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Tristram Shandy

Full Text

Chapter 1.XXIV.

Full Text Chapter 1.XXIV.

Chapter 1.XXIV.

If I was not morally sure that the reader must be out of all patience for my uncle Toby's character,—I would here previously have convinced him that there is no instrument so fit to draw such a thing with, as that which I have pitch'd upon.

A man and his Hobby-Horse, tho' I cannot say that they act and re-act exactly after the same manner in which the soul and body do upon each other: Yet doubtless there is a communication between them of some kind; and my opinion rather is, that there is something in it more of the manner of electrified bodies,—and that, by means of the heated parts of the rider, which come immediately into contact with the back of the Hobby-Horse,—by long journies and much friction, it so happens, that the body of the rider is at length fill'd as full of Hobby-Horsical matter as it can hold;—so that if you are able to give but a clear description of the nature of the one, you may form a pretty exact notion of the genius and character of the other.

Now the Hobby-Horse which my uncle Toby always rode upon, was in my opinion an Hobby-Horse well worth giving a description of, if it was only upon the score of his great singularity;—for you might have travelled from York to Dover,—from Dover to Penzance in Cornwall, and from Penzance to York back again, and not have seen such another upon the road; or if you had seen such a one, whatever haste you had been in, you must infallibly have stopp'd to have taken a view of him. Indeed, the gait and figure of him was so strange, and so utterly unlike was he, from his head to his tail, to any one of the whole species, that it was now and then made a matter of dispute,—whether he was really a Hobby-Horse or no: But as the Philosopher would use no other argument to the Sceptic, who disputed with him against the reality of motion, save that of rising up upon his legs, and walking across the room;—so would my uncle Toby use no other argument to prove his Hobby-Horse was a Hobby-Horse indeed, but by getting upon his back and riding him about;—leaving the world, after that, to determine the point as it thought fit.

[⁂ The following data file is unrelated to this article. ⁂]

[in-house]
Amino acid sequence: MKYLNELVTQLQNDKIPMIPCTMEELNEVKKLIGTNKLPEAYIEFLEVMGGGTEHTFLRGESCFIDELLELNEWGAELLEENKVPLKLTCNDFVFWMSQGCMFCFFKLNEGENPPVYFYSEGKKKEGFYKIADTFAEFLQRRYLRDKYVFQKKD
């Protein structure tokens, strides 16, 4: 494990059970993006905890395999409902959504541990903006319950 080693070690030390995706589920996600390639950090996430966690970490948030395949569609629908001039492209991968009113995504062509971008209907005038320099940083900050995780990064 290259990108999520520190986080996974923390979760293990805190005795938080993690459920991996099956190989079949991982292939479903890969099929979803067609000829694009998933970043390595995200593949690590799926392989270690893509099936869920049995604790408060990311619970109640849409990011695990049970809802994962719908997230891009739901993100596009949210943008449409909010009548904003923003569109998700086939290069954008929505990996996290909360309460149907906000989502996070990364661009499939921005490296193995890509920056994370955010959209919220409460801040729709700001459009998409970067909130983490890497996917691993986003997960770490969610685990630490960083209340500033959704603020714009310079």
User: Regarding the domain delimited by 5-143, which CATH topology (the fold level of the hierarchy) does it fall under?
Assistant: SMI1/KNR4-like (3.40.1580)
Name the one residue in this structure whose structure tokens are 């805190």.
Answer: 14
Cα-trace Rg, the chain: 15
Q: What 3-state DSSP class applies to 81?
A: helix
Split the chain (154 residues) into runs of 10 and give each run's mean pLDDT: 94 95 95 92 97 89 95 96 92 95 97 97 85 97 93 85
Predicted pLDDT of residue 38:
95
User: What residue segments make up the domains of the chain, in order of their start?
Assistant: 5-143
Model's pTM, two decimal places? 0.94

In good truth, my uncle Toby mounted him with so much pleasure, and he carried my uncle Toby so well,—that he troubled his head very little with what the world either said or thought about it.

It is now high time, however, that I give you a description of him:—But to go on regularly, I only beg you will give me leave to acquaint you first, how my uncle Toby came by him.